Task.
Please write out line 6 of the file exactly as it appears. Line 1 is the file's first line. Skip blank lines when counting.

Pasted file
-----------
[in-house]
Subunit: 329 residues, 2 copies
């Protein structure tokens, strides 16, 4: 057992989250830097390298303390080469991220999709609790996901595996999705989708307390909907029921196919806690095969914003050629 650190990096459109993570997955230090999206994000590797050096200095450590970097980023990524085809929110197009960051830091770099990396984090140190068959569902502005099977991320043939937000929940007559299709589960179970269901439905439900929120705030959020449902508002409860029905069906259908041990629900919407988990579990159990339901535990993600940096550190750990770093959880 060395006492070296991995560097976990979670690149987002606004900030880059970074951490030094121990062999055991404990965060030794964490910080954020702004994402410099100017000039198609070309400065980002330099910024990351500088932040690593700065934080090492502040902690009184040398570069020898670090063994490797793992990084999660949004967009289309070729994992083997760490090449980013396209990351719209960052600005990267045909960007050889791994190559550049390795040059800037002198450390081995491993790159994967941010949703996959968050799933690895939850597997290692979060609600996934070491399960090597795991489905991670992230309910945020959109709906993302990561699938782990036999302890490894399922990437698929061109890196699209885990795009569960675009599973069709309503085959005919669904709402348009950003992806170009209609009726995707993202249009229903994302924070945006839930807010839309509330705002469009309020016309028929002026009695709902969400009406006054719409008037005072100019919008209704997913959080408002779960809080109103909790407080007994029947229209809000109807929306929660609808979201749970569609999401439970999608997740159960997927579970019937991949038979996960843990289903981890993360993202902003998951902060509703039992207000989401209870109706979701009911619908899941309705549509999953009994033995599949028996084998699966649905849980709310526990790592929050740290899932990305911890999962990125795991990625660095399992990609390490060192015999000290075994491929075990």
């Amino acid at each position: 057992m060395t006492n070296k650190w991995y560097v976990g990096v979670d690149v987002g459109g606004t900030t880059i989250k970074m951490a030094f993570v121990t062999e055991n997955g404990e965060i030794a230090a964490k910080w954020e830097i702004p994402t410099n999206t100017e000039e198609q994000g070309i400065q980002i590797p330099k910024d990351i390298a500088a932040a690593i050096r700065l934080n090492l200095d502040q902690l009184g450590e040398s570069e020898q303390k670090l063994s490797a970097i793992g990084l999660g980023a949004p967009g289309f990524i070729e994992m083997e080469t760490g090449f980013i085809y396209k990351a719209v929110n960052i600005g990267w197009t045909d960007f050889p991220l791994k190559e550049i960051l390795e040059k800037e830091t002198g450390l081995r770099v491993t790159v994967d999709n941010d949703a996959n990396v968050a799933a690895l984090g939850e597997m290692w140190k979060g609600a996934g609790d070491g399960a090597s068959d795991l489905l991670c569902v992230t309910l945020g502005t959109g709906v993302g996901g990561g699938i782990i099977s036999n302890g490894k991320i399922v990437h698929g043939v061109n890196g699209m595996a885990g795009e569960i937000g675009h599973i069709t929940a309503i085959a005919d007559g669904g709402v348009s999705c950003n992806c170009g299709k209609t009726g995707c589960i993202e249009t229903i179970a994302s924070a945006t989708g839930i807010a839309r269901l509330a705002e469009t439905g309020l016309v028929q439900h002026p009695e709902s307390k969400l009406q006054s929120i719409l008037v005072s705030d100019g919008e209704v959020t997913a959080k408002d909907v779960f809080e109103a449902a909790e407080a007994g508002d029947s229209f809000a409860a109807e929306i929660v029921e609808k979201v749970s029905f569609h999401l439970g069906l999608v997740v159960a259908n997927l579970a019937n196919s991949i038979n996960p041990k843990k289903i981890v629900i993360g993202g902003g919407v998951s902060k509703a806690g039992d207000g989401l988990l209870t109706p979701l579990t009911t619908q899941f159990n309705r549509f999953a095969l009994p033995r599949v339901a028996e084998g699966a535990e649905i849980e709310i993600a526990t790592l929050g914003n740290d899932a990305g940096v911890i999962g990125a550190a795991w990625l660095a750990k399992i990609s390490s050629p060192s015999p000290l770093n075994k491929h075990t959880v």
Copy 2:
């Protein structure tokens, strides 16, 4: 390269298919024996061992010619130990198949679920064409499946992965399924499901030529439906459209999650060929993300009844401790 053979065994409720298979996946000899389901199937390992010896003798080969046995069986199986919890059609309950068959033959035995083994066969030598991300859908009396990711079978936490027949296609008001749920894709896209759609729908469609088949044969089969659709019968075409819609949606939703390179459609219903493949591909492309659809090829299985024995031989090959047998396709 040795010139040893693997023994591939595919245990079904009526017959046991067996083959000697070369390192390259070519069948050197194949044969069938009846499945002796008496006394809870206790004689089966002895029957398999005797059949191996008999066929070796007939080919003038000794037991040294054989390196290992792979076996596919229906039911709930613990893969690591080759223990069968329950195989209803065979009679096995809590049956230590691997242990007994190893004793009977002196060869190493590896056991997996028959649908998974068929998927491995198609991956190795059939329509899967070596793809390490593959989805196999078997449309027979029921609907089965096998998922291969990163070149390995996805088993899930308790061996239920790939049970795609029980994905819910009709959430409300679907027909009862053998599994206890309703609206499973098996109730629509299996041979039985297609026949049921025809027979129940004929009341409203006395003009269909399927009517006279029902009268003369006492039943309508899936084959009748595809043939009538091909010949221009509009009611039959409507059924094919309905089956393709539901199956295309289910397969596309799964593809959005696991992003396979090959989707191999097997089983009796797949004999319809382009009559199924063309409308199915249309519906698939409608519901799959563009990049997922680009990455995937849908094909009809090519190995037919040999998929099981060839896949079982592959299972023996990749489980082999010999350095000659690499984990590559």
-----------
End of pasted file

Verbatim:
């Protein structure tokens, strides 16, 4: 390269298919024996061992010619130990198949679920064409499946992965399924499901030529439906459209999650060929993300009844401790 053979065994409720298979996946000899389901199937390992010896003798080969046995069986199986919890059609309950068959033959035995083994066969030598991300859908009396990711079978936490027949296609008001749920894709896209759609729908469609088949044969089969659709019968075409819609949606939703390179459609219903493949591909492309659809090829299985024995031989090959047998396709 040795010139040893693997023994591939595919245990079904009526017959046991067996083959000697070369390192390259070519069948050197194949044969069938009846499945002796008496006394809870206790004689089966002895029957398999005797059949191996008999066929070796007939080919003038000794037991040294054989390196290992792979076996596919229906039911709930613990893969690591080759223990069968329950195989209803065979009679096995809590049956230590691997242990007994190893004793009977002196060869190493590896056991997996028959649908998974068929998927491995198609991956190795059939329509899967070596793809390490593959989805196999078997449309027979029921609907089965096998998922291969990163070149390995996805088993899930308790061996239920790939049970795609029980994905819910009709959430409300679907027909009862053998599994206890309703609206499973098996109730629509299996041979039985297609026949049921025809027979129940004929009341409203006395003009269909399927009517006279029902009268003369006492039943309508899936084959009748595809043939009538091909010949221009509009009611039959409507059924094919309905089956393709539901199956295309289910397969596309799964593809959005696991992003396979090959989707191999097997089983009796797949004999319809382009009559199924063309409308199915249309519906698939409608519901799959563009990049997922680009990455995937849908094909009809090519190995037919040999998929099981060839896949079982592959299972023996990749489980082999010999350095000659690499984990590559």